St. Petersburg wastewater official says he fears retaliation for opposing mayor's sewer crisis "narrative"
ST. PETERSBURG — The city's Water Resources Department — already inundated by a 14-month sewer crisis — has had a lot of employees fearing for their jobs.
Two plant operators have stepped forward to blow the whistle on questionable decisions that may have lead to about 200 million gallons of sewage being spilled or dumped since August 2015. Two senior officials have been placed on unpaid leave in connection to the crisis.
On Wednesday, another employee''s fears that he might be next surfaced in an Oct. 7 email to Chris Guella, the city's human resources director.
"I am in fear of losing my job due to retaliation for revealing information and supporting documents that are contrary to the story that is being presented by the Administration," wrote Steven Marshall, the department's energy efficiency and sustainability manager, to Guella.
Marshall, 54, has worked for the city since 2000. He coordinated with Brown and Caldwell, a Tampa consulting firm, to conduct the now highly-scrutinized 2014 report which predicted that the city could have major sewage issues if it shut down the Albert Whitted treatment plant.
The city did just that in 2015. Last month, Mayor Rick Kriseman said he had never seen the report. City Council members said the same.
Last week, the council hired Laura Brock, an independent forensic auditor, to conduct an investigation into why that report was buried.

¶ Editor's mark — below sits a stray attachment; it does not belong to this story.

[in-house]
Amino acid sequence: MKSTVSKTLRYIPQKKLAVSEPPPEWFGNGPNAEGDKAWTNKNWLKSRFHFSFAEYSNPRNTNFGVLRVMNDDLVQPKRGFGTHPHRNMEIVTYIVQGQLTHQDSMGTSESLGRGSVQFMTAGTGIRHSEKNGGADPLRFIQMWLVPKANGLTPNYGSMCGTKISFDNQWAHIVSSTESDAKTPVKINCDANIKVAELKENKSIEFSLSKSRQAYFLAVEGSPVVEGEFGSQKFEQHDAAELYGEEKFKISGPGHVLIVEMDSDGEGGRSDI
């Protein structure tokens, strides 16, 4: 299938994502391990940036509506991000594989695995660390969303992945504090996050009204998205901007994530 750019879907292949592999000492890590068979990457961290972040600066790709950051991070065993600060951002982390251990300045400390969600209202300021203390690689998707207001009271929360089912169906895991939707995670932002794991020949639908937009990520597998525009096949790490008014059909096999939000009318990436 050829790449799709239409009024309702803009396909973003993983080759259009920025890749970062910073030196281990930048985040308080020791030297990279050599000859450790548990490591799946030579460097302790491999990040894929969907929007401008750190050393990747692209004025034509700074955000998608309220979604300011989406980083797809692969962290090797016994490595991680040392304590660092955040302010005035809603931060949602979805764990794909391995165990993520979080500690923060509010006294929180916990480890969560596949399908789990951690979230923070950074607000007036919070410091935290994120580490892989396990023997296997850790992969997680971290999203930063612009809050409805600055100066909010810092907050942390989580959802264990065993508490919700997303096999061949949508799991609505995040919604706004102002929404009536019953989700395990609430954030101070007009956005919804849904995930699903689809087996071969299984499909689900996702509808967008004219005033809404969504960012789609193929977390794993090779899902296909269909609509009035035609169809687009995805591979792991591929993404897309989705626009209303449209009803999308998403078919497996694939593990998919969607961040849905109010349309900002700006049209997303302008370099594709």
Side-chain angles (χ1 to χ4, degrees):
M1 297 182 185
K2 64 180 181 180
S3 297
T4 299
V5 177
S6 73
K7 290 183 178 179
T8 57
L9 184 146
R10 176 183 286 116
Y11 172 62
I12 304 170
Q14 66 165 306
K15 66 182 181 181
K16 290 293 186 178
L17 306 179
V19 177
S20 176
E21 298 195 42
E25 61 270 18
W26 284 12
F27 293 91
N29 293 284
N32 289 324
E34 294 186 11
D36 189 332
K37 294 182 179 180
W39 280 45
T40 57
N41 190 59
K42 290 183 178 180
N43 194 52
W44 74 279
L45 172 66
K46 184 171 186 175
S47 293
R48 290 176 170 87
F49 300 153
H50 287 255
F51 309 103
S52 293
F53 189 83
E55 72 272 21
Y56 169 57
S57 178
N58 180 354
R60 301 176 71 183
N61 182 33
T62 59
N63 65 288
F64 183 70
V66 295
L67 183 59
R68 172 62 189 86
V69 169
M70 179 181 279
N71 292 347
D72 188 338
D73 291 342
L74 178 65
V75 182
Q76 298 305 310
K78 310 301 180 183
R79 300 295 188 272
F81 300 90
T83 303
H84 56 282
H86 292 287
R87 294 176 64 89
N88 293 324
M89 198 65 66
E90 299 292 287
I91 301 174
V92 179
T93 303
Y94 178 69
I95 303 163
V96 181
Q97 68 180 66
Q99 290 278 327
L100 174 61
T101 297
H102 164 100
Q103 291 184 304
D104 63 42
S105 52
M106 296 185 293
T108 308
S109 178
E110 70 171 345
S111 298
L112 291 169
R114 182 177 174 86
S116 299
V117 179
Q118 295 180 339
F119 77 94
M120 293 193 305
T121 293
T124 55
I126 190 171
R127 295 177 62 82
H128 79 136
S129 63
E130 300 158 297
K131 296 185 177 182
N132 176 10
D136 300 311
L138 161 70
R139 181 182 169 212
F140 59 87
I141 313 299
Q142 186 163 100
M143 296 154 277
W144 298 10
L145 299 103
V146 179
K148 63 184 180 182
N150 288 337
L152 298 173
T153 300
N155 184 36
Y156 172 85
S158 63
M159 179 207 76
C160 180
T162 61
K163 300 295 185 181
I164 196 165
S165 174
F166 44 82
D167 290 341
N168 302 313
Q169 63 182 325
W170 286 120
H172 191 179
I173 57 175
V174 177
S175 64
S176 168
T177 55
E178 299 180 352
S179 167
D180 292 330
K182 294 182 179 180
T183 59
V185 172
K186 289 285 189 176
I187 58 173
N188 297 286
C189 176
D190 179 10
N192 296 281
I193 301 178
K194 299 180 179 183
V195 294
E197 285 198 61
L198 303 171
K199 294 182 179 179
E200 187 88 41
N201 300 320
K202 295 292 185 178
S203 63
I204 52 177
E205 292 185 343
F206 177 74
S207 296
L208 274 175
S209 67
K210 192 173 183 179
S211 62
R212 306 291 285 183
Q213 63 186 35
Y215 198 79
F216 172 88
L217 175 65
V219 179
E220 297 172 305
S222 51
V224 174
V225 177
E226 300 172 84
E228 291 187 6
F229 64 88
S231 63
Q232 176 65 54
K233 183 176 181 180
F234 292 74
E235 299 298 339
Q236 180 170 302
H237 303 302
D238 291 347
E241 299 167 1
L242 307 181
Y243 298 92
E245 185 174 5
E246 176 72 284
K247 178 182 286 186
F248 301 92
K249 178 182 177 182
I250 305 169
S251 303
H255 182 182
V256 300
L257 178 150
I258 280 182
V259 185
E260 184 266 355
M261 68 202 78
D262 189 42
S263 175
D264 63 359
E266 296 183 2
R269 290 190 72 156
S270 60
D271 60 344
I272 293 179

In his email, Marshall pushed back, saying the report had been widely circulated within the Water Resources and Engineering Departments. Eckerd College also had access through an online site, he wrote.
"I know that it is never prudent to be on the opposite side of the narrative of the administration, but I feel that if I do not defend myself against these claims, I will be blamed for decisions made with regard to the closing of (Albert Whitted), a decision which I had no (role) in," Marshall wrote.
The mayor's spokesman, Ben Kirby, said Marshall's fears are part of the reason why the city hired an auditor to look into the sewage crisis.
"This is why the city’s is engaging Laura Brock's organization and we have every confidence Mr. Marshall's memo and the issues he raises will be part of her review," Kirby said.
Two of Marshall's superiors, Water Resources Director Steve Leavitt and Engineering Director Tom Gibson, have been placed on unpaid leave by Kriseman after the 2014 report surfaced last month.
That report came to light after Craven Askew, a chief plant operator at the Northeast plant, sought federal whistle blower protection last month. Askew sent council members a series of documents outlining how the city should have known that closing its Albert Whitted facility put the city at risk of sewage overflows.
This week, another plant operator, Kyle Soriano, said he asked for a written record of his superiors' request to open a valve at the Northwest plan so they could try to pump sewage directly into Boca Ciega Bay to relieve pressure on their overburdened plant after Hurricane Hermine. The Sept. 3 plan failed, sending even more sewage into neighborhoods around the plant.
The city never notified the state of its plan, which failed after a brief test.
The Northwest plant ended up releasing 58 million gallons of waste into the neighborhoods, all of which eventually emptied into Boca Ciega Bay. The magnitude of the spill came to light a week after it happened. The city posted signs in neighborhoods affected by that spill, but didn't otherwise notify the public or City Council until the following week.
All told, St. Petersburg's aging and overloaded sewage system has released nearly 200 million gallons of spills and dumps since August 2015, most of it flowing into Tampa Bay.
On Thursday, council members will gather at 8 a.m. to discuss a review of the management of the Water Resources Department.
Marshall did not respond to a request for comment.